At least seven independent studies suggest that retinyl palmitate may actually speed the development of skin tumors and lesions when applied to the skin and exposed to sunlight.

Because of these findings, the EWG recommends avoiding sunscreens and other personal care products containing vitamin A (retinyl palmitate, retinol, retinyl acetate, retinyl linoleate, retinoic acid) if you’re going to be out in the sun.

Mineral Sunscreens: A Safer Solution

There is a safer alternative to chemical sunscreens. Mineral sunscreens are made with zinc oxide and titanium dioxide. Typically found in the form of nanoparticles, zinc and titanium sunscreens are known as “physical” sunscreens.

Mineral sunscreens are effective immediately. They begin working the moment you apply them; reflecting the sun’s rays like a mirror. Conventional chemical sunscreens typically require a waiting time of 15-30 minutes before sun exposure so that the UV filters have time to soak into your skin and form a protective barrier.

Nanoparticles in sunscreen don’t penetrate the skin. According to the EWG, a large number of studies have found no evidence that zinc oxide particles can cross the skin and enter the bloodstream. Both FDA and European Union sponsored studies have concluded that nanoparticles don’t penetrate the skin and do not pose any health risks.

While mineral sunscreens pose few health concerns, some forms of mineral sunscreen may be safer than others.

Nanoparticles may cause lung damage when inhaled. The International Agency for Research on Carcinogens has classified titanium dioxide as a possible carcinogen when inhaled in large doses. Because of this risk, the EWG recommends that consumers avoid spray or powdered sunscreens.

Mineral Sunscreens are Better for the Environment

Mineral sunscreens are not only safer for you, they’re also safer for the environment.

Researchers have found oxybenzone concentrations on nearshore reefs around the world are commonly between 100 part per trillion and 100 parts per billion — well within the range of being a significant environmental threat.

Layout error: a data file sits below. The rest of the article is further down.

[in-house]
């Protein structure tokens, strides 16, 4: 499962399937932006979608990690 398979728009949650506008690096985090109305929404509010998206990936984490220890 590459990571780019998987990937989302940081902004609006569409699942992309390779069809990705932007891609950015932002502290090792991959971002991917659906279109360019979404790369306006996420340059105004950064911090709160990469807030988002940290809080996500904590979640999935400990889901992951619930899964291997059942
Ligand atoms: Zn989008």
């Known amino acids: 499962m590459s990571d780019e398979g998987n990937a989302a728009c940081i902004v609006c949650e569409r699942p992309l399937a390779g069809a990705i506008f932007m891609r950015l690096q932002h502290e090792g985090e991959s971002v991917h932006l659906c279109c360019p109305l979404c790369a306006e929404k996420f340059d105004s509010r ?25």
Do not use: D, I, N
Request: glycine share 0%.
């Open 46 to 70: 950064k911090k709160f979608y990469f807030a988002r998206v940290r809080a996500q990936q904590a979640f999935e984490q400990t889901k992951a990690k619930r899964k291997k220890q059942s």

Researchers have found that oxybenzone found in chemical sunscreens induces coral bleaching and damages coral DNA. They also found that oxybenzone acts as an endocrine disrupter for coral. Not only is oxybenzone toxic for coral, it also has shown to be toxic to algae, sea urchins, fish, and mammals. According to researcher Craig Downs, Ph.D, oxybenzone “can result in gender shifts in fish, in which male fish take on female attributes, while females have reduced egg production and embryo hatchings. In mammals it has been demonstrated to be a potential mutagen and to exhibit procarcinogenic activity.”

The National Parks Service has stated that 4,000 to 6,000 tons of sunscreen enters reef areas annually, and recommends choosing “reef friendly” sunscreens containing natural mineral ingredients such as titanium oxide or zinc oxide.

How to Choose a Safer Sunscreen

Wearing sunscreen is important to protect your skin from sunburns, sun damage, and skin cancer. Because sunscreen goes onto your body and can be absorbed into your skin, ingredients matter.

When selecting a sunscreen look for:

  • Mineral sunscreens containing zinc oxide and titanium oxide.
  • Sunscreens in cream, stick, or lotion form.

Avoid:

  • Chemical sunscreens containing oxybenzone and other chemical UV filters.
  • Vitamin A in all its forms.
  • Spray sunscreens to avoid inhaling nanoparticles.

The AAD states that using sunscreen, seeking shade and wearing protective clothing are all important behaviors to reduce your risk of skin cancer. Choose a mineral sunscreen in a cream form and you can be sure that you’re also protecting yourself – and the environment – against potentially toxic chemicals. Use a safer sunscreen and enjoy a worry-free summer filled with fun in the sun.